Across the U.S., people are engaged in hot debate over the EPA’s release of a draft risk assessment concluding that glyphosate – the most widely-used herbicide and key ingredient in Monsanto’s Roundup – is non-carcinogenic. The EPA is accepting comments until April 30, 2018, so now is the time to learn and make your opinion known on the topic.
While reports are mixed on whether the herbicide is indeed cancer-causing, HowGood believes the issue is much bigger than glyphosate: what we really need to be concerned about is the industrial food system that relies on it.
The facts on glyphosate.
Early 1970’s: Glyphosate is developed by Monsanto – right at the time that agriculture is forever changed by the “Get Big or Get Out” mantra of the USDA. American farmers are encouraged to use cheap inputs, increase fertilizers and pesticides, and produce as much as possible in the short-term: the foundation of modern industrial agriculture.
1996: Glyphosate use skyrockets when Monsanto comes out with their first crops that are genetically-engineered to be resistant to the herbicide. This allows for mass usage to kill off any other weeds in the field with the exception of the corn or soybean crops planted. It also heralds the beginning of herbicide-resistant “super weeds” — and so the cycle to stay one step ahead of nature continues.
2000: Monsanto’s patent expires, allowing glyphosate to be used by any herbicide manufacturer. Usage continues to soar – as does the growth of super weeds. Concern mounts about the health impact on humans, animals, and the environment.
2015: The World Health Organization (WHO)’s cancer research department classifies glyphosate as “probably carcinogenic to humans.” This report is confirmed by some subsequent studies and challenged by others.
The issues behind the issue: 2 minutes on glyphosate with HowGood EVP of Research Ethan Soloviev
Is getting rid of glyphosate a solution to the problems that plague us in modern agriculture?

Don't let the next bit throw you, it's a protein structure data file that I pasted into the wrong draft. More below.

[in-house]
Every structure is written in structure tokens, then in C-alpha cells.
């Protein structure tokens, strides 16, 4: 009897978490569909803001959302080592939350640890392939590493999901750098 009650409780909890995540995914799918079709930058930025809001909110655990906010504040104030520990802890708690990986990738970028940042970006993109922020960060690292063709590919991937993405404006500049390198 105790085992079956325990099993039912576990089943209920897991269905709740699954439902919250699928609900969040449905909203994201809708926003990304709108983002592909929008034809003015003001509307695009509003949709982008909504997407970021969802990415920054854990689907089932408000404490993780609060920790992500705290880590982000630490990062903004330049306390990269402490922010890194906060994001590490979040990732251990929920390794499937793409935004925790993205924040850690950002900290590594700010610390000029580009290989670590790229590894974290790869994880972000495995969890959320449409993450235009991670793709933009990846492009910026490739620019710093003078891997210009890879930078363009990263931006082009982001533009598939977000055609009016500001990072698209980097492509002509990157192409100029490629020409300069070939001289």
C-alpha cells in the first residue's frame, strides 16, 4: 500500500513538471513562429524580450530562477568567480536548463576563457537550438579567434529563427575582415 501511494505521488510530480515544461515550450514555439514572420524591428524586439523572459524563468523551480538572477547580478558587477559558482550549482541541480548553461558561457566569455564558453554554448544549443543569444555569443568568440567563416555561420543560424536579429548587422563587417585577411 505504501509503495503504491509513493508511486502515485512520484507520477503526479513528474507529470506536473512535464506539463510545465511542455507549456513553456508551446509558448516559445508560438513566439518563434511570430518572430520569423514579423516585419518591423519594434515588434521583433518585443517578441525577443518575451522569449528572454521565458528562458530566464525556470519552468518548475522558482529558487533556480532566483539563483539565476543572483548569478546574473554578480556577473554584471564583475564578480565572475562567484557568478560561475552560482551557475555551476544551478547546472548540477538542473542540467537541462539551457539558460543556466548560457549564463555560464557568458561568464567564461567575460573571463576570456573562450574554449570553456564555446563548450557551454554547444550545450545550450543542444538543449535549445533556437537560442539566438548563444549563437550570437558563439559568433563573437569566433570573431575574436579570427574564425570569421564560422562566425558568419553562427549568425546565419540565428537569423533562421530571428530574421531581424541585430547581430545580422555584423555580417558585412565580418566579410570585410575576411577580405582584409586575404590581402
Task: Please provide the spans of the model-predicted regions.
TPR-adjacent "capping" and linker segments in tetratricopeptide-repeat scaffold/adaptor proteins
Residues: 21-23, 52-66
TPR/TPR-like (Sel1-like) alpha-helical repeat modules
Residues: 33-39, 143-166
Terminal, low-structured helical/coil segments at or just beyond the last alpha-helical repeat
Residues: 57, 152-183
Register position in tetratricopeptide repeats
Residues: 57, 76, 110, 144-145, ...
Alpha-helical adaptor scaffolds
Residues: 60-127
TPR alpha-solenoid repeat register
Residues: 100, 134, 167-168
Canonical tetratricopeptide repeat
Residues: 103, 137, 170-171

Glyphosate is not the problem. Glyphosate is a symptom of an industrial food system that relies on petrochemical-based inputs to control the agricultural environment. Glyphosate, especially in its combination with genetically modified crops, has dominated a significant portion of the United States’ commodity crop production ever since ‘Roundup Ready’ corn and soy crops were introduced.
I believe that the current focus on glyphosate’s carcinogenicity is a red herring. The larger issue is mechanized industrial agriculture – it systematically focuses on short-term yields while decreasing biodiversity and ecosystem health.
Outlawing glyphosate (or any single chemical) because it’s carcinogenic would not produce significant change in the system. Scientists at agrochemical companies are well on their way to developing the next-generation replacements for glyphosate, which when released will start the cycle over again without any fundamental difference in the technology or approach to modern farming.
Do farmers have reasonable alternatives to systemic herbicides like glyphosate?
From HowGood’s perspective, there are countless approaches to large-scale, profitable, no-till agriculture that are more environmentally-responsible and don’t require chemical herbicides. Check out the work of Gabe Brown or the Rodale Institute’s Roller-Crimper technology. These farmers are still getting significant yields while protecting their land for the long-term.
What should a consumer do with this information?
Well, to answer the initial question of whether glyphosate is carcinogenic or not — honestly, different studies say different things. It’s important to recognize that toxicity and dose are two very separate issues. In most cases, anyone eating food grown using glyphosate isn’t directly exposed to a very high dose. That said, I wouldn’t drink it, I wouldn’t want my kids playing in it. But as a conscious consumer, if you are concerned about glyphosate, the most important thing you can do is simple: choose better food. Don’t buy foods that contain highly-processed corn- or soy-based ingredients. If you do eat corn or soy, buy organic.
In short, the answer is the same as it is to many agriculture (and health, for that matter) issues: choose simple, fresh foods over highly-processed ones – you will be actively working against glyphosate usage and the industrial food system that depends on it.